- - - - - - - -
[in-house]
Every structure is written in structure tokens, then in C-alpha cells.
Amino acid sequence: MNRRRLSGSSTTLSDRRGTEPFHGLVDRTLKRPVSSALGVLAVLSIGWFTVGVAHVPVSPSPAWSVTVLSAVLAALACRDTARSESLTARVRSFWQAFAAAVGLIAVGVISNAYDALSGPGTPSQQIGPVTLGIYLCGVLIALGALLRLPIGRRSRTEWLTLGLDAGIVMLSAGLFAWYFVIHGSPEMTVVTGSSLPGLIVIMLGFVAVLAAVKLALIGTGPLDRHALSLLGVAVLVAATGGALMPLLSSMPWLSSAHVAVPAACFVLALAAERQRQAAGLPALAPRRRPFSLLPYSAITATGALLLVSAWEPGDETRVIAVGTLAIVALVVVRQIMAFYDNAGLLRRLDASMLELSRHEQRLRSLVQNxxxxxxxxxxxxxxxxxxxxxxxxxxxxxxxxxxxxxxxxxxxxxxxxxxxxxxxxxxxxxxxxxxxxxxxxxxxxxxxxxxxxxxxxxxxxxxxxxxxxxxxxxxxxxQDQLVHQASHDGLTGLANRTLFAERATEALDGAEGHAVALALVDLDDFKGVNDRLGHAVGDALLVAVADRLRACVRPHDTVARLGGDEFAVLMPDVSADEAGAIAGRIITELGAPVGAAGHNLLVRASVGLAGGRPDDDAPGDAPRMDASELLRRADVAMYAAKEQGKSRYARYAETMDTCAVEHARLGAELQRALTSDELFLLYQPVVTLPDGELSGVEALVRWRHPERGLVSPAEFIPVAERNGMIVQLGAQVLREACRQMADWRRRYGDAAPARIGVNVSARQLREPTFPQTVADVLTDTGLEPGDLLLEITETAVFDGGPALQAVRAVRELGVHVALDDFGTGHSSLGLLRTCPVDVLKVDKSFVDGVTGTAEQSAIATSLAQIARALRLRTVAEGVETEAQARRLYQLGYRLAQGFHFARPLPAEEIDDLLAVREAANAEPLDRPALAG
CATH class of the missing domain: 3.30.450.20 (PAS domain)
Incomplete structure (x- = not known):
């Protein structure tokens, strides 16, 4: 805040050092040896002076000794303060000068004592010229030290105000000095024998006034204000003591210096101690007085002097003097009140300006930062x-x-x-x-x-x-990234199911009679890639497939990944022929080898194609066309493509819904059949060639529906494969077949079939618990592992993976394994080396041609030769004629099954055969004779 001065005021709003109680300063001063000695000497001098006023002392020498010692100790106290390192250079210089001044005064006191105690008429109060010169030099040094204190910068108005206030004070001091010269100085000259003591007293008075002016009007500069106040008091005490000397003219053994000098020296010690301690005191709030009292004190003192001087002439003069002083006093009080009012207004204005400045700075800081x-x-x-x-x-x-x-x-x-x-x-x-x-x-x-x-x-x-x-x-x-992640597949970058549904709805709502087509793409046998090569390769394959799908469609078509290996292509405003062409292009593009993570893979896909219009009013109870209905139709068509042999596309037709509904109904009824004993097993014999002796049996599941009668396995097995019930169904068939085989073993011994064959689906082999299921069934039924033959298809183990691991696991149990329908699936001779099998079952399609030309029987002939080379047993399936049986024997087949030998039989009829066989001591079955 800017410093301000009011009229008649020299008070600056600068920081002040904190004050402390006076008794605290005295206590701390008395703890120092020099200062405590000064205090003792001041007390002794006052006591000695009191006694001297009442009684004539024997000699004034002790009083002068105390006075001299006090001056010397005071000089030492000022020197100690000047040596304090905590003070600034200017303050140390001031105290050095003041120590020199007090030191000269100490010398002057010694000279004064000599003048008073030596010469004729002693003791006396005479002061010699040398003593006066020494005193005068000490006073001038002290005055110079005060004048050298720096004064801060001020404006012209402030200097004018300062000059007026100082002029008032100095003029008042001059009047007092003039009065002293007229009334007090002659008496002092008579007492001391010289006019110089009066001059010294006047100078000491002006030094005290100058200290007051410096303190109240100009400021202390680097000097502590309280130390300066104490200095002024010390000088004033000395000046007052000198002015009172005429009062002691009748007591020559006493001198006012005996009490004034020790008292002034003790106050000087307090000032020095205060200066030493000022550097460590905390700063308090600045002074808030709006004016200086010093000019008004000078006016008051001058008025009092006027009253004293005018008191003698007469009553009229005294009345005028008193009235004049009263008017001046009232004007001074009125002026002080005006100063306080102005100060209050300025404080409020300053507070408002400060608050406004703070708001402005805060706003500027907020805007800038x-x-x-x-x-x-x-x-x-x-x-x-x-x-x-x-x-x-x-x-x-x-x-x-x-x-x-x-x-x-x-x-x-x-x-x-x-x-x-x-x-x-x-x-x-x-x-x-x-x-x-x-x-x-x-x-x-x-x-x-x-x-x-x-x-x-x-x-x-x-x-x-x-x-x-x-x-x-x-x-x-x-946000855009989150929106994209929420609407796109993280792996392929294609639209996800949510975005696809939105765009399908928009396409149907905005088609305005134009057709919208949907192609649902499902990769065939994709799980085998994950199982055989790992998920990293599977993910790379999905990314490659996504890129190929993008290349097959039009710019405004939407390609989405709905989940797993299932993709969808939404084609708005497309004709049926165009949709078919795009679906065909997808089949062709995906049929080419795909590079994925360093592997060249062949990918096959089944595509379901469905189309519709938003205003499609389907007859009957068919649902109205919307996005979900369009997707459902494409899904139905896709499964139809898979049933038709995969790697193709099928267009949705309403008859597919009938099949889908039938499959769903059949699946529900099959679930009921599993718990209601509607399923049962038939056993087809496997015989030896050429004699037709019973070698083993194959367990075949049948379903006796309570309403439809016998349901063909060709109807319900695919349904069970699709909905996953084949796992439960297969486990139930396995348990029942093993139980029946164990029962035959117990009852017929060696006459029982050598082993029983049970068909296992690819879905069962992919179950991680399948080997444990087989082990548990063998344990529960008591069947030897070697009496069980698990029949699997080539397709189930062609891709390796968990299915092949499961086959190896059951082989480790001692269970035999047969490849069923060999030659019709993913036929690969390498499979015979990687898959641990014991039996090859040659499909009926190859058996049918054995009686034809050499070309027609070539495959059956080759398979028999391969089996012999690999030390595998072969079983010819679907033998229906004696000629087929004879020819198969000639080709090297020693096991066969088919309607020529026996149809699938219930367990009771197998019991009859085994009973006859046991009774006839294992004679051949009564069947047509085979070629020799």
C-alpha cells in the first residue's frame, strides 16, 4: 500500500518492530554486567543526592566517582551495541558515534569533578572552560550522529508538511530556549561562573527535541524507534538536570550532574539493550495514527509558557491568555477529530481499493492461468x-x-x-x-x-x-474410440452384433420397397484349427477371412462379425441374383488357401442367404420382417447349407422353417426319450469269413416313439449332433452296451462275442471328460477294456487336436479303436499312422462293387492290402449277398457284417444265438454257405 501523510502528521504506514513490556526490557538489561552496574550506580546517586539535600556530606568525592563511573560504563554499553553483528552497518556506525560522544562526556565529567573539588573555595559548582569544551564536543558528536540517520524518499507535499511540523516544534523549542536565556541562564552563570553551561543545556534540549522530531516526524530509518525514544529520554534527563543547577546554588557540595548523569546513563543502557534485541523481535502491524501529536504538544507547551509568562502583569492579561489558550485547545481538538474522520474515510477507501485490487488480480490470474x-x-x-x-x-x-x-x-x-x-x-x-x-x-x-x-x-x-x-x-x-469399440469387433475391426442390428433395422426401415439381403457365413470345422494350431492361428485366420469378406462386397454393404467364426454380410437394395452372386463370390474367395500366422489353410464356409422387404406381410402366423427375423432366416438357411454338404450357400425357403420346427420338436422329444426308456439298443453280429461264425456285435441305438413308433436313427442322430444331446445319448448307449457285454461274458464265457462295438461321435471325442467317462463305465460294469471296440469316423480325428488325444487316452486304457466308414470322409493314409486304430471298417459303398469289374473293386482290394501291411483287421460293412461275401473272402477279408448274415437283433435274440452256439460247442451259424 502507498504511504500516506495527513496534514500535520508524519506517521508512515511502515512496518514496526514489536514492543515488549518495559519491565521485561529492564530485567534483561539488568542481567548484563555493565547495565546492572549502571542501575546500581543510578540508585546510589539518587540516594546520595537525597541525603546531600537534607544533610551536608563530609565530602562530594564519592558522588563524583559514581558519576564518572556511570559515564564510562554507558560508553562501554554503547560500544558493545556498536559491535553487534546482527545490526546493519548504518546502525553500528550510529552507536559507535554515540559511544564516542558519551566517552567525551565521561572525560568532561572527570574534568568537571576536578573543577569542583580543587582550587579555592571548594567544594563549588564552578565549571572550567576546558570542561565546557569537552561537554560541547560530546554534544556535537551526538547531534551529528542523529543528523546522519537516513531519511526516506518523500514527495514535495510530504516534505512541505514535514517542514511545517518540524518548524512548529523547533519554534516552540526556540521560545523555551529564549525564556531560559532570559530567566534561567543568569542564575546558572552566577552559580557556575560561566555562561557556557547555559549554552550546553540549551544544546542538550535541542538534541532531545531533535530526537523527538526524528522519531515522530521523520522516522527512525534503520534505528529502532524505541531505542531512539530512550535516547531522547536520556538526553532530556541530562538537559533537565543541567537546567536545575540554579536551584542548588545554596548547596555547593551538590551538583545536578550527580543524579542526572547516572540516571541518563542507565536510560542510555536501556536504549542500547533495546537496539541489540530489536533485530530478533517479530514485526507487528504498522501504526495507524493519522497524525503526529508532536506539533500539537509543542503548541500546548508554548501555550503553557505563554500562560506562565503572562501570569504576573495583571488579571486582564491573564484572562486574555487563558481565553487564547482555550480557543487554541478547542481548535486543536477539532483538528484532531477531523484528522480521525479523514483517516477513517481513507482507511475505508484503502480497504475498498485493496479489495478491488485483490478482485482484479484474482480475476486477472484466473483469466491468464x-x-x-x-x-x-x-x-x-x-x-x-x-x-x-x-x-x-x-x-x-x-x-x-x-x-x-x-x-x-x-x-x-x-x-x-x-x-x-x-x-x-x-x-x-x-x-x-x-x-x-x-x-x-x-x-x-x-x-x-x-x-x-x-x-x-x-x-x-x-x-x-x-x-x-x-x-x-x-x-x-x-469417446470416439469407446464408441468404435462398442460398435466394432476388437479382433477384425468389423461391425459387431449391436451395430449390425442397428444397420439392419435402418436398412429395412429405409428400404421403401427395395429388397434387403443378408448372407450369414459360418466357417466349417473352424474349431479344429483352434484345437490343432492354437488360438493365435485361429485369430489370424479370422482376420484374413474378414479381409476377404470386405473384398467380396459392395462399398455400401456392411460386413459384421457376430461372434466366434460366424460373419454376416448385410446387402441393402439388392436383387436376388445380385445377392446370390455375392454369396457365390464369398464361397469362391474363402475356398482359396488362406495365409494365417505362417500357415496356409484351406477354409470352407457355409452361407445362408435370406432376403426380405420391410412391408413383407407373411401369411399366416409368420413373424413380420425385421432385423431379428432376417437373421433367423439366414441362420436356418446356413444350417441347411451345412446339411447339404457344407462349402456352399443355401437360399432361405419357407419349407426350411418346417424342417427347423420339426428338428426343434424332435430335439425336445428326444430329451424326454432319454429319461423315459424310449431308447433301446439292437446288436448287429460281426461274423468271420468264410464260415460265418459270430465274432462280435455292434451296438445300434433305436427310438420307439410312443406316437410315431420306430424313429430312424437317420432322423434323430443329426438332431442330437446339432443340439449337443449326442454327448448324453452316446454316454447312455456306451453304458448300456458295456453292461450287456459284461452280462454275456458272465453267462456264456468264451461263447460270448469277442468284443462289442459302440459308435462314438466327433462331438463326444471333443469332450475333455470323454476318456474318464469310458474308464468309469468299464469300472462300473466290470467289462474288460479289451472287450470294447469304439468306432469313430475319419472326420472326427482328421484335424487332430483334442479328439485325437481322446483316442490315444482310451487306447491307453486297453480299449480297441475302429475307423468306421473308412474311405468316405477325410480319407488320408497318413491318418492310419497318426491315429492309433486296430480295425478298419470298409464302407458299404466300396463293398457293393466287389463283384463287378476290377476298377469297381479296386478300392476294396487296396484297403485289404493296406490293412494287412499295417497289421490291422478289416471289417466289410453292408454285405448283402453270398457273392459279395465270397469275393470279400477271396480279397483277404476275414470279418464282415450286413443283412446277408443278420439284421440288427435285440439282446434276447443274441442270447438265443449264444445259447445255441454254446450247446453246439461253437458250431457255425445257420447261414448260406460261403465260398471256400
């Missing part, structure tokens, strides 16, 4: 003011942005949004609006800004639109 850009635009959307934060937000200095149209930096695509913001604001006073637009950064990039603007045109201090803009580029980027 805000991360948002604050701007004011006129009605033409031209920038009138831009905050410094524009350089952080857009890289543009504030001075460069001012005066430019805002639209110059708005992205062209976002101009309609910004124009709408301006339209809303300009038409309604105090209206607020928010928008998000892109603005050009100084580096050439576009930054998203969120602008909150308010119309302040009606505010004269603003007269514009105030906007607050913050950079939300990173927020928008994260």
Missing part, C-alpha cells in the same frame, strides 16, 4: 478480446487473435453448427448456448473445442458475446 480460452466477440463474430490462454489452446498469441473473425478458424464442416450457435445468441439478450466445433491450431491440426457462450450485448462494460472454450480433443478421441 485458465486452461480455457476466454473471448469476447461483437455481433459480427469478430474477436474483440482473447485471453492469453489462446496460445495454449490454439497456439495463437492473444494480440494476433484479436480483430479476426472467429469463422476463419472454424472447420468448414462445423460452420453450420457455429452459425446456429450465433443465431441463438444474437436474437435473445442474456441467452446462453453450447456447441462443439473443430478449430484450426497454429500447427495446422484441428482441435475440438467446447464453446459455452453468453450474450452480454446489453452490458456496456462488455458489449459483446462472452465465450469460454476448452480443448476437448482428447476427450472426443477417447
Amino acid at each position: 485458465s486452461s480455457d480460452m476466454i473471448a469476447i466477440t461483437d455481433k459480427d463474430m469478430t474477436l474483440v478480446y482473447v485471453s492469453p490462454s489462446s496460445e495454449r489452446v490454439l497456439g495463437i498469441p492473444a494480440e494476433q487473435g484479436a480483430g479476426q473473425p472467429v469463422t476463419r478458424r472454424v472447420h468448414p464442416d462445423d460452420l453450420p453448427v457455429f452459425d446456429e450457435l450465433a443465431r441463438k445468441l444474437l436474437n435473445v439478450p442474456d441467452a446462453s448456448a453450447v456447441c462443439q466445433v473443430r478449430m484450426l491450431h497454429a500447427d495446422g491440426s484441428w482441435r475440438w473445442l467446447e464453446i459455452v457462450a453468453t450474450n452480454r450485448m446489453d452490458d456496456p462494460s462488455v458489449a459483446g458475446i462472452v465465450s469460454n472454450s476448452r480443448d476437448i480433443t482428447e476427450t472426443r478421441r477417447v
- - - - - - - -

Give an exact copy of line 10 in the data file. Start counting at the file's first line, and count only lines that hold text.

Amino acid at each position: 485458465s486452461s480455457d480460452m476466454i473471448a469476447i466477440t461483437d455481433k459480427d463474430m469478430t474477436l474483440v478480446y482473447v485471453s492469453p490462454s489462446s496460445e495454449r489452446v490454439l497456439g495463437i498469441p492473444a494480440e494476433q487473435g484479436a480483430g479476426q473473425p472467429v469463422t476463419r478458424r472454424v472447420h468448414p464442416d462445423d460452420l453450420p453448427v457455429f452459425d446456429e450457435l450465433a443465431r441463438k445468441l444474437l436474437n435473445v439478450p442474456d441467452a446462453s448456448a453450447v456447441c462443439q466445433v473443430r478449430m484450426l491450431h497454429a500447427d495446422g491440426s484441428w482441435r475440438w473445442l467446447e464453446i459455452v457462450a453468453t450474450n452480454r450485448m446489453d452490458d456496456p462494460s462488455v458489449a459483446g458475446i462472452v465465450s469460454n472454450s476448452r480443448d476437448i480433443t482428447e476427450t472426443r478421441r477417447v